Premier plein air painters capture Winter Park in all its colorful glory.
When people say Winter Park is as pretty as a picture, they may be speaking metaphorically — or they may be plein air artists. It’s more likely the latter in April, when the Albin Polasek Museum and Sculpture Garden sponsors the annual Winter Park Paint Out.
En plein, or plein air, is a French expression meaning “in the open air,” and refers to painting — sometimes sketching — outdoors with the subject in full view. It became a popular pursuit in the mid-1800s with the invention of box easels and paint in tubes.
Plein air artists are particularly fond of Florida, with its vividly colored subtropical landscapes and year-round temperate weather.
The 2013 Winter Park Paint Out, which ran April 20 through 27, was the fifth for the Polasek, which stages the event as a fund-raiser. The museum, which was founded in 1961, holds more than 200 works by the Czech-born sculptor, who moved to Winter Park in 1949.
“Paint Outs” are popular all over the country, but the Winter Park event is emerging as a favorite for artists who follow the plein air circuit in part because of the lovely setting and in part because the museum is quite adept at selling paintings. The artist sets his or her own price and keeps half the proceeds when a sale is made.
“What makes our Paint Out different is our use of technology,” says Rachel Frisby, curator at the Polasek. “You can see the paintings online, in real time, as they’re completed.”
It works like this: artists fan out across the city, set up easels and create. Then they return their works to the Polasek to be photographed, scanned and posted on the museum’s website. They’re also hung in a designated “wet room” where in-person browsers are welcome.
Hal Stringer, co-chair of this year’s event, also headed up the inaugural Winter Park Paint Out in 2009. Stringer, IT manager for Technologies Management Inc. in Maitland, organized his first plein air event in Crescent Beach as a benefit for a combination spa and art gallery then owned by his sister in law.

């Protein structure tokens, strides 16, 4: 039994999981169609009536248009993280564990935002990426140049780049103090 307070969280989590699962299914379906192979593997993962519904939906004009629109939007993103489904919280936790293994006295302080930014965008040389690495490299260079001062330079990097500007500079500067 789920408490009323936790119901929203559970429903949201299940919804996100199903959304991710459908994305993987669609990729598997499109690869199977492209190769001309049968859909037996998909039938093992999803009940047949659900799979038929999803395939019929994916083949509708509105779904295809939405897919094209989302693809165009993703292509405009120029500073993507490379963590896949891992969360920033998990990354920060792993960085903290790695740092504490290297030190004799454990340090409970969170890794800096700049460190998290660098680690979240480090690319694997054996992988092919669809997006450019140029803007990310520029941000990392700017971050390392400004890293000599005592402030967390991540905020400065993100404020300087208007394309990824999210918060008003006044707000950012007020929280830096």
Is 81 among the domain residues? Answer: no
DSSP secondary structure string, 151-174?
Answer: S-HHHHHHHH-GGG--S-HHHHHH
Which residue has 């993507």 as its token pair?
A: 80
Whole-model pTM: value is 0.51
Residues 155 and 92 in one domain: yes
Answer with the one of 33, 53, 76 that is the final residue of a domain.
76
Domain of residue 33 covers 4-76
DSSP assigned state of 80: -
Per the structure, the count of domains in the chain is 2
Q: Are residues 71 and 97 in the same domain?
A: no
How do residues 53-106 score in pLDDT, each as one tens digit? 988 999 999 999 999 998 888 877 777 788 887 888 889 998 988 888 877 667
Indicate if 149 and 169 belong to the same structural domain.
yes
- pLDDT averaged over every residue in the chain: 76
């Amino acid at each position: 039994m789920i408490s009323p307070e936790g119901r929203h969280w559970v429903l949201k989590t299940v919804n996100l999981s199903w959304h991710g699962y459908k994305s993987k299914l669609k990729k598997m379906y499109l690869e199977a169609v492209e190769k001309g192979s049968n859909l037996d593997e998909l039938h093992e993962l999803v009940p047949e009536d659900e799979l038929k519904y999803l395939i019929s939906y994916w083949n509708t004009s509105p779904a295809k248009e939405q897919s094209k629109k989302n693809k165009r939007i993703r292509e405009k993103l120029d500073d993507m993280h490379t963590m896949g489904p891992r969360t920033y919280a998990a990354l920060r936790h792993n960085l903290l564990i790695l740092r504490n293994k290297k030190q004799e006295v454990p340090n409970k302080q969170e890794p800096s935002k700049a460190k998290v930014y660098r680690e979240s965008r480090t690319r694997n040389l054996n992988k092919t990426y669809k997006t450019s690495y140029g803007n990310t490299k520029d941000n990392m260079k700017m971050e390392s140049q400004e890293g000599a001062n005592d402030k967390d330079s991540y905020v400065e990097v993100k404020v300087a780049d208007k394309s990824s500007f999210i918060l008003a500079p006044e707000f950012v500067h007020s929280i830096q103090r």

“I really enjoyed it because it was a big family event and so many of the artists became personal friends,” says Stringer, who downplays his own artistic ability but in fact produces beautifully abstract landscapes using paint and a palette knife. “So when the Polasek was looking for something new to do, this concept seemed perfect.”
Stringer and Winter Park plein air artist Cynthia Edmonds, whose painting is on the cover of this issue of Winter Park Magazine, were instrumental in starting the Winter Park Paint Out and continuing to elevate its status in the art world.
The Polasek’s event has become so popular, in fact, that the number of artists allowed to participate has been capped at 25. Some artists are specifically invited while others apply and are selected by a panel. The museum simply couldn’t accommodate more paintings, Stringer says.
In 2013, there were 233 paintings completed and 83 sold at prices ranging from about $200 to $3,000, depending upon the stature of the artist and the generosity of the patron.
On the following pages are a selection of paintings from this year’s Winter Park Paint Out. We selected paintings that showed a variety of settings and those that simply appealed to us. You may find something you like even better by visiting polasek.org and browsing the entire selection.